In this day and age with a lot of nut cases running around, finding someone you can trust with the most precious people in your life is not easy and should be taken very seriously. Trusting someone with your children isn’t a decision you can make lightly, so devote all the time it takes to find the right one. Here are some things to look for.
If your child is an infant or baby: The first time you get the courage to leave your baby alone can be heart-wrenching-which is why the person you select should be very experienced with infants and babies. They should be able to feed, burp and change your baby and should enjoy working with newborns. Ideally, this sitter should be trained in infant and baby CPR and first aid.
If your child is a toddler or a young child: Young children and toddlers can be rambunctious, so it’s important to find a sitter who can handle moods. In terms of personality, the sitter should be warm, competent and calm so that she can easily soothe your baby. The sitter should be fun and entertaining, but also able to set boundaries. CPR and first aid training is a plus, as is a sitter with lots of energy herself.
If your child is in elementary or middle school: As your child gets older, finding a sitter who’s a good match for your child in terms of personality becomes increasingly important. You want to find someone your child likes spending time with-and looks forward to seeing.
Where to look. The very best way to find a sitter is word of mouth. Ask your family, friends, co-workers and other moms at your child’s school if they have a great sitter they can recommend. You might even try your pediatrician. If you can’t find a sitter through a personal recommendation, try your local nursery school. Often, sitters will advertise on nursery school bulletin boards, or at other community centers frequented by parents and young children, like the local library or your church.
Do a phone interview first. First, speak with the sitter on the phone to get a sense of her experience and personality, and whether her availability meets your needs. You can also ask what they charge – there’s no sense in going through the rest of the interview if she charges more than you’re willing to pay.
Don’t cheap out. Another way to ensure you’re hiring a good babysitter is to offer good pay. You can get what you pay for in babysitting, and older, more responsible babysitters want more money than teens. Pay can start from around the minimum wage in your area for a teenage babysitter to $13 or more for an experienced babysitter with CPR certification.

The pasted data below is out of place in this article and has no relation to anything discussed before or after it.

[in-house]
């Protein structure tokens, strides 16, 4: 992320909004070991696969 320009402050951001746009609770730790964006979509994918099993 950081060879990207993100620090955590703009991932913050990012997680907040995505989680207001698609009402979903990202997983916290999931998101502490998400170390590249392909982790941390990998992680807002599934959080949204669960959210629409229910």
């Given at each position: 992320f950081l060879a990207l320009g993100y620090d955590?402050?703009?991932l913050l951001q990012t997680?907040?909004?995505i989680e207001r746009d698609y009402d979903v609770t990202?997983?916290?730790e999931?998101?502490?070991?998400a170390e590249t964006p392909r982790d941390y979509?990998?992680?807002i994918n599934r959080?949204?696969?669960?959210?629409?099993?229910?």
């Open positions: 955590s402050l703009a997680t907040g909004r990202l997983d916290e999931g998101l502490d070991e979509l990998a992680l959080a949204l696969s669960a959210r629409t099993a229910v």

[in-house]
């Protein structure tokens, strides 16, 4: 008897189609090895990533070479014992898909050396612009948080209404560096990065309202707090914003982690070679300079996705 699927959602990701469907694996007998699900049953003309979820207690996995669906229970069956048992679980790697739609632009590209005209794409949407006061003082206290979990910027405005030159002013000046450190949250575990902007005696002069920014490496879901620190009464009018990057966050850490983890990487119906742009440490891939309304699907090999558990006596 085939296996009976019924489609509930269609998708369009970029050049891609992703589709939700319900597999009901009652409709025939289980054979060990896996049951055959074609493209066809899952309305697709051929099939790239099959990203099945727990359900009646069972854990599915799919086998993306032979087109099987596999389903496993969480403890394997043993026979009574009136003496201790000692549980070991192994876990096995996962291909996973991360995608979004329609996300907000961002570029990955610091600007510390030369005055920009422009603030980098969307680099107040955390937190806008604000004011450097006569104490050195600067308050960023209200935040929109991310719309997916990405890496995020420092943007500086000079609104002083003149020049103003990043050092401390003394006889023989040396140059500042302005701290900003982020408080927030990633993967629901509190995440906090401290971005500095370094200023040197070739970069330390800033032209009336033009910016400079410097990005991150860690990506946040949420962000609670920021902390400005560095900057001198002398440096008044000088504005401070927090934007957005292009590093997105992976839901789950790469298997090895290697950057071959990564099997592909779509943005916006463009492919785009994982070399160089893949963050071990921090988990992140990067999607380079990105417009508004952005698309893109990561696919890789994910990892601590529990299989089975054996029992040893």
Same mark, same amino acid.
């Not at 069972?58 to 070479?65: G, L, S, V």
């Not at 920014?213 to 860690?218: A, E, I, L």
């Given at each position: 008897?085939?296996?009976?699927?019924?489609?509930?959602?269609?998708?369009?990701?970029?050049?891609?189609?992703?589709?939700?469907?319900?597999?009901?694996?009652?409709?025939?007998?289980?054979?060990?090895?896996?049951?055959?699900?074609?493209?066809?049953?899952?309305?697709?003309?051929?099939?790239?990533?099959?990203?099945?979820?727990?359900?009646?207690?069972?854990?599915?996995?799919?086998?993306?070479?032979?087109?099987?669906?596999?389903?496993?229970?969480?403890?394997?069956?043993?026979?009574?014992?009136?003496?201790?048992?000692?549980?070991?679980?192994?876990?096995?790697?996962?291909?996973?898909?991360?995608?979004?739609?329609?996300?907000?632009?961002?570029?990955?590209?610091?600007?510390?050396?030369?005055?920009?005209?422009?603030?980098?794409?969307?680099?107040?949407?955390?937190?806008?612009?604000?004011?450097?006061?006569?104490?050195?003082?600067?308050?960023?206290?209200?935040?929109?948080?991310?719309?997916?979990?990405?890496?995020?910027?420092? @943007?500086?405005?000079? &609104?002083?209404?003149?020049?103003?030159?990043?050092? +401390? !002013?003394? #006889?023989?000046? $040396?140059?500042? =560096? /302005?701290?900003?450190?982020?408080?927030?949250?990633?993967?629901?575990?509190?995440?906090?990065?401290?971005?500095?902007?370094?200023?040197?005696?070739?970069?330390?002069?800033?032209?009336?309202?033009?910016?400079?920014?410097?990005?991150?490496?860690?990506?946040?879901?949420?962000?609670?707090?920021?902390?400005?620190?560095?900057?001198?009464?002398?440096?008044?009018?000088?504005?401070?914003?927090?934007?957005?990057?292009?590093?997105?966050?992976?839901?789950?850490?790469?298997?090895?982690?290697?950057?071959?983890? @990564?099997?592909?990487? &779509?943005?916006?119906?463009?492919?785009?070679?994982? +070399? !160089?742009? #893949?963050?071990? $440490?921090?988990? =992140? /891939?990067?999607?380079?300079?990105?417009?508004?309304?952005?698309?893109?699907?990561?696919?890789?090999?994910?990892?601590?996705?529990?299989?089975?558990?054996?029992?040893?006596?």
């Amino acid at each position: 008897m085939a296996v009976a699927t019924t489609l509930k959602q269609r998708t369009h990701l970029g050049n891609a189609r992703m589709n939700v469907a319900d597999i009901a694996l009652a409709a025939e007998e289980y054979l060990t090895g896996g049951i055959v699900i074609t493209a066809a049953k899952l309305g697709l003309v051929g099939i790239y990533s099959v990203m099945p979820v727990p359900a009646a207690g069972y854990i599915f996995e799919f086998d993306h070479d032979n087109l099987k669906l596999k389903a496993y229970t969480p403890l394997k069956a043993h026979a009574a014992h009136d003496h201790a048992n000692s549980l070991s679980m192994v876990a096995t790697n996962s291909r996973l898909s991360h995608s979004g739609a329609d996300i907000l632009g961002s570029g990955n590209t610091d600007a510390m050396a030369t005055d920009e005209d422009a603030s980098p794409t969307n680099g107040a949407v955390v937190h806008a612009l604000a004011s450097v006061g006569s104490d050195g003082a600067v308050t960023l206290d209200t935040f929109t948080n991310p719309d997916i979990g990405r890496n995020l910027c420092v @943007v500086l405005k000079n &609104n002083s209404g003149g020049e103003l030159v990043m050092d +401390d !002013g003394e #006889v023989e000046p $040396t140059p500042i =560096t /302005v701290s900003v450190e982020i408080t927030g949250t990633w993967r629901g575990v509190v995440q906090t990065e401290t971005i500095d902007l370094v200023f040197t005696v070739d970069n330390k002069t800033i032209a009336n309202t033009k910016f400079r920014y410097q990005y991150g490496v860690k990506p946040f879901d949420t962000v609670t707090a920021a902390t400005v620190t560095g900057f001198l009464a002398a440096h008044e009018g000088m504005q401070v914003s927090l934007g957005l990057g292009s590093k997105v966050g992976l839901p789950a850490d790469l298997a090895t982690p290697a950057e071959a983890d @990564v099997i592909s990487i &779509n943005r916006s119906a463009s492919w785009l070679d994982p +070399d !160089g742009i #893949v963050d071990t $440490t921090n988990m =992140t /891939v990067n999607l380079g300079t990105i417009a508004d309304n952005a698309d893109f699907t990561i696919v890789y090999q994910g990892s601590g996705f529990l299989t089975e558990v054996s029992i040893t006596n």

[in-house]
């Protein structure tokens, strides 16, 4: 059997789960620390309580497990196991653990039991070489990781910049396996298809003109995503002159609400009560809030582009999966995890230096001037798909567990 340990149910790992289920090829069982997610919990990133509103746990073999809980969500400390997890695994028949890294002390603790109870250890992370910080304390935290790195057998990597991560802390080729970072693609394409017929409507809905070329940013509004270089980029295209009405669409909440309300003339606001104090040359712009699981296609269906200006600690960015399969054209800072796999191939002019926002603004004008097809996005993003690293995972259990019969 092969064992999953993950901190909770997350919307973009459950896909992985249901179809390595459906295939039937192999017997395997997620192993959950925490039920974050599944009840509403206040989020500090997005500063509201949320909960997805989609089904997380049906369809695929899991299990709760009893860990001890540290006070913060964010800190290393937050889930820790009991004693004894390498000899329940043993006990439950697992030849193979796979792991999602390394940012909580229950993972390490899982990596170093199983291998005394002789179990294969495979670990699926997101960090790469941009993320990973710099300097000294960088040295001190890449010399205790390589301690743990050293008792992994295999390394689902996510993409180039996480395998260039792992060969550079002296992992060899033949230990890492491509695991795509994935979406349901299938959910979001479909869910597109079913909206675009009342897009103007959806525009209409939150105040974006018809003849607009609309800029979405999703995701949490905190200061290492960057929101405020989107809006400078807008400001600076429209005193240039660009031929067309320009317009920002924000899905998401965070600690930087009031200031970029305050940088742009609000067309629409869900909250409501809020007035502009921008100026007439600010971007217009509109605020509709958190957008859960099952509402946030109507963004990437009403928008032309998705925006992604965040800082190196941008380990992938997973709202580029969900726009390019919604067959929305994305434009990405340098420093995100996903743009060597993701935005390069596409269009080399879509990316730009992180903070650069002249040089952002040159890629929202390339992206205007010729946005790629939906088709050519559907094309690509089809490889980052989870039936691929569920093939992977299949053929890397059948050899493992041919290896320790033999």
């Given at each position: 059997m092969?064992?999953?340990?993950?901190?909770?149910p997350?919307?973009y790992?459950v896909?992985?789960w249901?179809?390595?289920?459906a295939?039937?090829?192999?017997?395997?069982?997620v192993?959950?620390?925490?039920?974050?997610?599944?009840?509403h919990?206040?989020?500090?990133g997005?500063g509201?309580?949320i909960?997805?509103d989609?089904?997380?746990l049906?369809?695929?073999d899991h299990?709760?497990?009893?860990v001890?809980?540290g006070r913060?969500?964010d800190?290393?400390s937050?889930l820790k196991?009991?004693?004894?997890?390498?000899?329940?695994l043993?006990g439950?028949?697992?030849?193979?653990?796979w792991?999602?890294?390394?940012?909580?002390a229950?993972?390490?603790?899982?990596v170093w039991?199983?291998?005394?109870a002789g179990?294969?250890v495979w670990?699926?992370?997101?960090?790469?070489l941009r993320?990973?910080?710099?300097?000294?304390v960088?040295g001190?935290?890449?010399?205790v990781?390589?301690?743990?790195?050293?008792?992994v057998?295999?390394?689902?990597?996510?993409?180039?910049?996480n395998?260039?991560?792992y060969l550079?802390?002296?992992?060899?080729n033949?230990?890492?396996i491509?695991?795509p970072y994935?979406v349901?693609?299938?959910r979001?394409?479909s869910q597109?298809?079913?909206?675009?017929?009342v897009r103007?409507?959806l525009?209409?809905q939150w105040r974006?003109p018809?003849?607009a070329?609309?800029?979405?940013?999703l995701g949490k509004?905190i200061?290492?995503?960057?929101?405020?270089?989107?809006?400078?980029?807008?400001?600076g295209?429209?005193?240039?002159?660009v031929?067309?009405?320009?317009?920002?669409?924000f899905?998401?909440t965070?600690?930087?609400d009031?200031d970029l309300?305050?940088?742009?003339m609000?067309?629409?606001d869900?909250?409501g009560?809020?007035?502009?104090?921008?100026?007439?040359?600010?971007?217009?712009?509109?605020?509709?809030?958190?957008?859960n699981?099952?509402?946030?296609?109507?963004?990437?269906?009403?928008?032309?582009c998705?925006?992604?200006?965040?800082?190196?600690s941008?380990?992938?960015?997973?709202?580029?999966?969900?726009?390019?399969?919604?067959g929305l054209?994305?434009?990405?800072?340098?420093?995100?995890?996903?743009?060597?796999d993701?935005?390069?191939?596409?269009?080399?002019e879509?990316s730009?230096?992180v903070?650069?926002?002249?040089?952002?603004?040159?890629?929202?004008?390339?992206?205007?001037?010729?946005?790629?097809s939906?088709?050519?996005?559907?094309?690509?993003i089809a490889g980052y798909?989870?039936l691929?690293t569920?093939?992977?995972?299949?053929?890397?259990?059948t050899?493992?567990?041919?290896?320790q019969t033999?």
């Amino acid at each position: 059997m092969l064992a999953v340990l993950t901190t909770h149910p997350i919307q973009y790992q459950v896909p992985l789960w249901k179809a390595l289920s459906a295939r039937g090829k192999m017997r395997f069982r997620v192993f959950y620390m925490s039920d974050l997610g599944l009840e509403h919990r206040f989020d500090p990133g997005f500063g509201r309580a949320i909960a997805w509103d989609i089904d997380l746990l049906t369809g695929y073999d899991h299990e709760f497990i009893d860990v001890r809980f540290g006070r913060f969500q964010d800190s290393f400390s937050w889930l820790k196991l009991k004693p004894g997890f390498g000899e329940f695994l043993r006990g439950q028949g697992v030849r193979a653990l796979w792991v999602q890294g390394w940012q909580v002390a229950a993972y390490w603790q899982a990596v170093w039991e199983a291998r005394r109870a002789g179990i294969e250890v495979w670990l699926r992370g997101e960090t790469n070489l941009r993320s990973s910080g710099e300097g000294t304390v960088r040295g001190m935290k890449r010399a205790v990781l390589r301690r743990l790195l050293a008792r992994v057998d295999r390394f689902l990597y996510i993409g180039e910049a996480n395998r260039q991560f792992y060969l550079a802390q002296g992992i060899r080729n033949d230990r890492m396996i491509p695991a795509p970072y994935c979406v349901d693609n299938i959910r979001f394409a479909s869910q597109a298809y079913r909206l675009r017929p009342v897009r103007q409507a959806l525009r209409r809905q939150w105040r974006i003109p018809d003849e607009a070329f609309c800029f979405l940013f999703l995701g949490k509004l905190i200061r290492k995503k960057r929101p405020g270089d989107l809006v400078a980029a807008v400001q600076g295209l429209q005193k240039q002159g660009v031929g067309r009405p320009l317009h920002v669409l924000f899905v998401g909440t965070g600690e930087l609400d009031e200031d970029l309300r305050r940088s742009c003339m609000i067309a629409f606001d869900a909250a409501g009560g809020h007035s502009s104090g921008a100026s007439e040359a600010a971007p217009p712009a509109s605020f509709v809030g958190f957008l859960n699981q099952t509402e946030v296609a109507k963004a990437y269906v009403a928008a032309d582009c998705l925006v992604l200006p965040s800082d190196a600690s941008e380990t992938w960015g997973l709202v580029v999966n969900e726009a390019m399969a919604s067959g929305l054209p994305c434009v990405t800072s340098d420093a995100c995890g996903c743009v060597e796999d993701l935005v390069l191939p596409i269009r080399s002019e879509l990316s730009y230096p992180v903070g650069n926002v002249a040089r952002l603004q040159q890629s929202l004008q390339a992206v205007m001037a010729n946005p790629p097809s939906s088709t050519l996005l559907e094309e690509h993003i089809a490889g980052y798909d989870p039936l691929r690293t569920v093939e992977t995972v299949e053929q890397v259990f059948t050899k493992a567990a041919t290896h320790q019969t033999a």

Get references. Do this before the in-person interview. That will be your best insight into what kind of job they do. Feel free to ask references anything you feel necessary to learn as much as you can. And don’t just stop at one. Talk to several people the sitter has worked for. If they don’t have any references, think twice about hiring them.
Set up a meet-and-greet. If you like what you hear after speaking to references, set up a time for her to come over and meet your child. If possible, get the sitter’s parent to join them in the interview. If your kid is a baby or an infant, this is a good time to observe how the sitter handles him. If your child is older, you may want to give the two of them some unstructured playtime, so you can see how they interact.
Be clear and specific about your expectations. Now is also the time to talk about your expectations. Is it okay if your child watches TV? Is it important that your child be asleep by 8 p.m. sharp? Are you looking for a sitter to go over your child’s homework? Do you have a dog that you’ll need walked and fed? Talk through these scenarios to make sure that the potential sitter is a good fit.
Do a trial run. You can learn a lot by doing a paid trial run with you present. A good babysitter won’t blink an eye at the request for a trial run. Watch her interact with your children. Do you like her style? How about her teaching skills; her playfulness? Are you comfortable with the way she disciplines? How do the kids connect with the candidate? After all, they’re the ones who will be spending the most time with her, so seeing the child-sitter interaction first hand can be a big help when making your final decision.
Above all, trust your gut. A potential sitter may seem like the ideal candidate and have all the qualifications you’re looking for, but if there is something nagging at you and it doesn’t feel right, don’t risk leaving your child alone with that person.
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